Spam Promising Video of Eclipse Installs Trojan
Websense Security Labs has warned that spam mails are being distributed to trick recipients into downloading content from the Internet and possibly installing a malicious video film of a lunar eclipse.
Around 4,000 state employees received the e-mail and hence, some officials from the Division of Enterprise Technology were sent to ensure protection of the state computer systems.
The malicious eclipse messages have been using subject lines such as "Total Moon Eclipse Video on NASA TV" "Shocking video with Total Moon eclipse" "Your guide to the total lunar eclipse" and "Lunar Eclipse Video".
Users are cautioned about the download that it actually contains a Trojan horse by which a hacker could gain full control on or compromise the target computer.
However, according to officials, only 12 state employees actually opened the link but the Trojan was brought under control before any information could be compromised.
The attackers were very enthusiastic about the event of lunar eclipse, appeared in the fourth week of February 2008, and wanted to take benefits by duping the people. So they are sending out messages, which have subject lines in connection with the total lunar eclipse, but actually they contain an HTML window that touts for the video, "Solar eclipse stock video from all around the world... Get Eclipse Video now!"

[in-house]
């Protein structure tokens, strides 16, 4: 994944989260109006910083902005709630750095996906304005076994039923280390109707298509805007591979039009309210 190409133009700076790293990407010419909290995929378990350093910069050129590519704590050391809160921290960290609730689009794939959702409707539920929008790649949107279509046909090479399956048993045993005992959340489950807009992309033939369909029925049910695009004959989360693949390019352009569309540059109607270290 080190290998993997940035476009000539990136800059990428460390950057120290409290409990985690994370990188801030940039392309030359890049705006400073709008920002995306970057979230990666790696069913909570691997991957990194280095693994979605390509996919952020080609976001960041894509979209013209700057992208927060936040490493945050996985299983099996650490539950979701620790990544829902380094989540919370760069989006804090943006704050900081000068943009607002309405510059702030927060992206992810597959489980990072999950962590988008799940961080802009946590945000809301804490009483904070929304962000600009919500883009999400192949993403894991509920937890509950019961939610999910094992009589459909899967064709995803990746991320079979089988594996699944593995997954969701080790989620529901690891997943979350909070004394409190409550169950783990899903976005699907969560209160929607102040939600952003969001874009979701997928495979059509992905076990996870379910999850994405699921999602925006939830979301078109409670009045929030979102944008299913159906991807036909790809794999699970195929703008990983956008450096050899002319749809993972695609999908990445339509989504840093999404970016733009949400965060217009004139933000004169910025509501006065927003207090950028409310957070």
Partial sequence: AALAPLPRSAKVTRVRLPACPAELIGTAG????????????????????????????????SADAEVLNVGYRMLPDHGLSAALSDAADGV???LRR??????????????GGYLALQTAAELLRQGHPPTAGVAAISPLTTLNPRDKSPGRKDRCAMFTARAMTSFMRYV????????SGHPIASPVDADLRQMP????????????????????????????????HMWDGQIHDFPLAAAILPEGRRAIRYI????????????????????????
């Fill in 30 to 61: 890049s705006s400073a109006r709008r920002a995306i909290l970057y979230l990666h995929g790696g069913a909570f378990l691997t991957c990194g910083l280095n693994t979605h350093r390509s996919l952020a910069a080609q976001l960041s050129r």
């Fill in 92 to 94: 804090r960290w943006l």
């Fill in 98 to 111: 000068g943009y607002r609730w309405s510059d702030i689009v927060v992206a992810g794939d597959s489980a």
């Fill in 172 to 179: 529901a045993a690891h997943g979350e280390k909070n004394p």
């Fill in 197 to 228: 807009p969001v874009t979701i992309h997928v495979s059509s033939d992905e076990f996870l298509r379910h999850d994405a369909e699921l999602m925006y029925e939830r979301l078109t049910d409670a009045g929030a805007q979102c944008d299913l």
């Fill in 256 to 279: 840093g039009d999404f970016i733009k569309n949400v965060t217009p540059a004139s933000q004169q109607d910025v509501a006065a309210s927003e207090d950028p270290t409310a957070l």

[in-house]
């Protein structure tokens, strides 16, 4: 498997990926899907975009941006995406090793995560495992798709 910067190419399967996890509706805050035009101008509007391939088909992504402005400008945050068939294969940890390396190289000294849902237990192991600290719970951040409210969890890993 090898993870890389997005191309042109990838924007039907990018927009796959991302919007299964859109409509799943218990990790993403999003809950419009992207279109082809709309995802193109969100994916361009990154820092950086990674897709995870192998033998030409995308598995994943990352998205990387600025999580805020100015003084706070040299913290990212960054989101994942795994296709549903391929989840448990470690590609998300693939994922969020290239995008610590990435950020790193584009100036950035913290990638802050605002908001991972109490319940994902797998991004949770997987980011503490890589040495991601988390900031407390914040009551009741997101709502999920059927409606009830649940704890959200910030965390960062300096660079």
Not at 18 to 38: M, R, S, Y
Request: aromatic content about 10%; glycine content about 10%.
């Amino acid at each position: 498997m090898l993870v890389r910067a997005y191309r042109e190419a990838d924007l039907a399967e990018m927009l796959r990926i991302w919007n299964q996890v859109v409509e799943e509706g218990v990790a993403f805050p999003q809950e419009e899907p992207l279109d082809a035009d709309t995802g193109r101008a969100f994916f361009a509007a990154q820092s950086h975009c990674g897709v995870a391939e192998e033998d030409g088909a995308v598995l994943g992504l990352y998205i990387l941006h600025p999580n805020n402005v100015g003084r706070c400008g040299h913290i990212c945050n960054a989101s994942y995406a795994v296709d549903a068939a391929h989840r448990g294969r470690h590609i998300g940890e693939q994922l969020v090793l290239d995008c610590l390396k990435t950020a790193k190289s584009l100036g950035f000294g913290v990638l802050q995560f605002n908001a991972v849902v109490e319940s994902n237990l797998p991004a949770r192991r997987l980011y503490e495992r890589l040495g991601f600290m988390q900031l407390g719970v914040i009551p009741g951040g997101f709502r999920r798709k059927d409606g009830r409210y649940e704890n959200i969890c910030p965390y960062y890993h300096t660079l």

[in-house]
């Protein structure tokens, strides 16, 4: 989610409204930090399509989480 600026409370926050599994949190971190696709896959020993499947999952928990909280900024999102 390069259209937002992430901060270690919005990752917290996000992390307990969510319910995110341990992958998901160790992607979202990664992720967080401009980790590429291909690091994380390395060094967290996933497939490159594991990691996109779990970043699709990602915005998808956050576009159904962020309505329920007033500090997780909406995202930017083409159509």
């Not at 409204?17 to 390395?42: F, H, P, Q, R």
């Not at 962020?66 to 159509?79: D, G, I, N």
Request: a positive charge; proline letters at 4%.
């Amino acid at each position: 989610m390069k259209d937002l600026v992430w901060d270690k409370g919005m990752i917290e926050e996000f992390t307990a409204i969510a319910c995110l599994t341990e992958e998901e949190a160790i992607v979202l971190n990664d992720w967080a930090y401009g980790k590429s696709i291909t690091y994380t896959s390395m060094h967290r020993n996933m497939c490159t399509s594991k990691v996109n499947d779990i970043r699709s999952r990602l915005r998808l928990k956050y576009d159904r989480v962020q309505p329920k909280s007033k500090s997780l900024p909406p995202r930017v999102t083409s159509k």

Security experts said that people can easily avoid becoming victim to such e-mails by following a simple method.
Mike Lettman, Director of Information Security with the Division of Enterprise Technology, said that first and foremost recipients should never click links in unsolicited e-mails for no one can tell beforehand what would appear from the download. Lettman also explained why spammers send out the maximum possible e-mails. They hope that even if 1% of the recipients click on the link they will be able to harvest sufficient information and it will be a win win situation for them, as reported by CHANNEL3000 on February 23, 2008.
Lettman also said that a typical malicious e-mail or a malware-laced e-mail tries to collect account usernames and passwords or Social Security numbers. But, as the state has its own way for storing and protecting passwords, they aren't in danger.
Related article: Spam Scam Bags a Scottish Connection
» SPAMfighter News - 27-02-2008